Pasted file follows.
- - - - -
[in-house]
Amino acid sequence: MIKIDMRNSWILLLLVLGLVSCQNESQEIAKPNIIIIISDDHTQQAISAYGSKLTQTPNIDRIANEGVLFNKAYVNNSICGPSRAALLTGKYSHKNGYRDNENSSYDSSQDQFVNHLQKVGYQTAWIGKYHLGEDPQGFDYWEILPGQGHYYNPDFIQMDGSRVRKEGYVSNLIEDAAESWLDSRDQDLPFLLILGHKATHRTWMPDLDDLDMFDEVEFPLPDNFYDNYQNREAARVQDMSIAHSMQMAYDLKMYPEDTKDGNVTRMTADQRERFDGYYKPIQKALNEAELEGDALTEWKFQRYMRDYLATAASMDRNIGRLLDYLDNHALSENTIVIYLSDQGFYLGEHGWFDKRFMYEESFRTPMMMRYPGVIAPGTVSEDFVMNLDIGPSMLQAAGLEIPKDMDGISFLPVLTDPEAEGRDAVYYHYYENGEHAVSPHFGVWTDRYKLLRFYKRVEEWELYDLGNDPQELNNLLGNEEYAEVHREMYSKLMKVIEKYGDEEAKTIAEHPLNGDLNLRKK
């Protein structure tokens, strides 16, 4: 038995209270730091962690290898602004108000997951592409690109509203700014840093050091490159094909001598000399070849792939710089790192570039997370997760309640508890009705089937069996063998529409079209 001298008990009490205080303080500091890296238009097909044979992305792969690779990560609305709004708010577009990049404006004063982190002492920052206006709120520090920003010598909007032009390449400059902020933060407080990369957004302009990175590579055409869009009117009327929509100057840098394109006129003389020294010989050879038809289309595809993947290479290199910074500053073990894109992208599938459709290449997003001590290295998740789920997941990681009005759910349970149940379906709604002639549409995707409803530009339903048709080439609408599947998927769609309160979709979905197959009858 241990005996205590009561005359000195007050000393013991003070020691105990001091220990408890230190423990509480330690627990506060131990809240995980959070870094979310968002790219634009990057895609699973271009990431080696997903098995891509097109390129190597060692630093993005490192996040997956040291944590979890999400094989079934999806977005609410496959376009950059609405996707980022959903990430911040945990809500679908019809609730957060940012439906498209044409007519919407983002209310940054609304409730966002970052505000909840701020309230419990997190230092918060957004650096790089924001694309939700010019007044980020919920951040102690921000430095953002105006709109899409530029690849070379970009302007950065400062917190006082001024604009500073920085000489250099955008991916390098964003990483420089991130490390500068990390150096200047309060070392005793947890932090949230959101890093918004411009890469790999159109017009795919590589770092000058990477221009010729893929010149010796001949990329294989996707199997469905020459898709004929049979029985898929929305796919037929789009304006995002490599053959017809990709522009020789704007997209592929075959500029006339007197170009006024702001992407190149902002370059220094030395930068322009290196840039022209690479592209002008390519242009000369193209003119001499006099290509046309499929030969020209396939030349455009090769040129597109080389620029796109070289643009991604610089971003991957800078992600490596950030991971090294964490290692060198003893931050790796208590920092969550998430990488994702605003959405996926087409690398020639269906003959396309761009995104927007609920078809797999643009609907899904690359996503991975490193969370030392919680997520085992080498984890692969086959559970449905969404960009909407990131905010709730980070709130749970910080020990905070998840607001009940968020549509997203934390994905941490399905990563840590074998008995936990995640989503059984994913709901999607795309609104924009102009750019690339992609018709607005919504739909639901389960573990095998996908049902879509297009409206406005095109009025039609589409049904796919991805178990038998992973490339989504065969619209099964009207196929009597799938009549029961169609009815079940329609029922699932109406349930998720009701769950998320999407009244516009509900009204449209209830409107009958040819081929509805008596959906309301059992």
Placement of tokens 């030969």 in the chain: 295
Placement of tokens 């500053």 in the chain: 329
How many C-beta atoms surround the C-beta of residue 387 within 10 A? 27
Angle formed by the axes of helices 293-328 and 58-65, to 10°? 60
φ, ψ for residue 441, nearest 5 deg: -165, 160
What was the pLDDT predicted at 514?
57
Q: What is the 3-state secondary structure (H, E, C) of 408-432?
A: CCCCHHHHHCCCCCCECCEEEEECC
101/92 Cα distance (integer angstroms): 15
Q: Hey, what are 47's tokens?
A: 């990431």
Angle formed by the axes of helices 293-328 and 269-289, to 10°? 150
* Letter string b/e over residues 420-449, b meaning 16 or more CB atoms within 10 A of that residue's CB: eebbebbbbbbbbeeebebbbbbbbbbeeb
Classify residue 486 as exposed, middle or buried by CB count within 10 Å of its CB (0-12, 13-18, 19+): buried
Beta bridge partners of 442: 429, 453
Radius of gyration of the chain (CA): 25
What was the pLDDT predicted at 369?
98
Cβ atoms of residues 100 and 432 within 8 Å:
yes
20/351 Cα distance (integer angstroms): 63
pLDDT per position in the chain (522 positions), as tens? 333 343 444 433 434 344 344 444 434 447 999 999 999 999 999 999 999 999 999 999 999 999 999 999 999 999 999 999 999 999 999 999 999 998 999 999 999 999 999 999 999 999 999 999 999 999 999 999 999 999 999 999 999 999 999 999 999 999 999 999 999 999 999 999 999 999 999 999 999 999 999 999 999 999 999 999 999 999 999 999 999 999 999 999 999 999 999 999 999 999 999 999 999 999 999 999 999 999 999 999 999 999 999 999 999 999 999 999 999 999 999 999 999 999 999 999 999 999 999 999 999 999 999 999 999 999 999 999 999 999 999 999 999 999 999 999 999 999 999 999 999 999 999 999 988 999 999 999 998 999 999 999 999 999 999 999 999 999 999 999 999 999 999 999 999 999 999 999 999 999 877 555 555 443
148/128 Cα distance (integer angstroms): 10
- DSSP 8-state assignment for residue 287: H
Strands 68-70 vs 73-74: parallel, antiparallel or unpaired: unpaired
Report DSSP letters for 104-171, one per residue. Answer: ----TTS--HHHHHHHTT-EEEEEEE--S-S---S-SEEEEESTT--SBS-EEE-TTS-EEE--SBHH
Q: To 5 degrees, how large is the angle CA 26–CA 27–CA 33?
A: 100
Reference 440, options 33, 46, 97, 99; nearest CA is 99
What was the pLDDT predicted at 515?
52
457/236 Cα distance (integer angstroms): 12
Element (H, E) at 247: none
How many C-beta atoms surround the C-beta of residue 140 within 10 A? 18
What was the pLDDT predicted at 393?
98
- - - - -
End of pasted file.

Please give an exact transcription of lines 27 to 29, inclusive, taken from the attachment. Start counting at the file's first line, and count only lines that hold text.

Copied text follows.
148/128 Cα distance (integer angstroms): 10
- DSSP 8-state assignment for residue 287: H
Strands 68-70 vs 73-74: parallel, antiparallel or unpaired: unpaired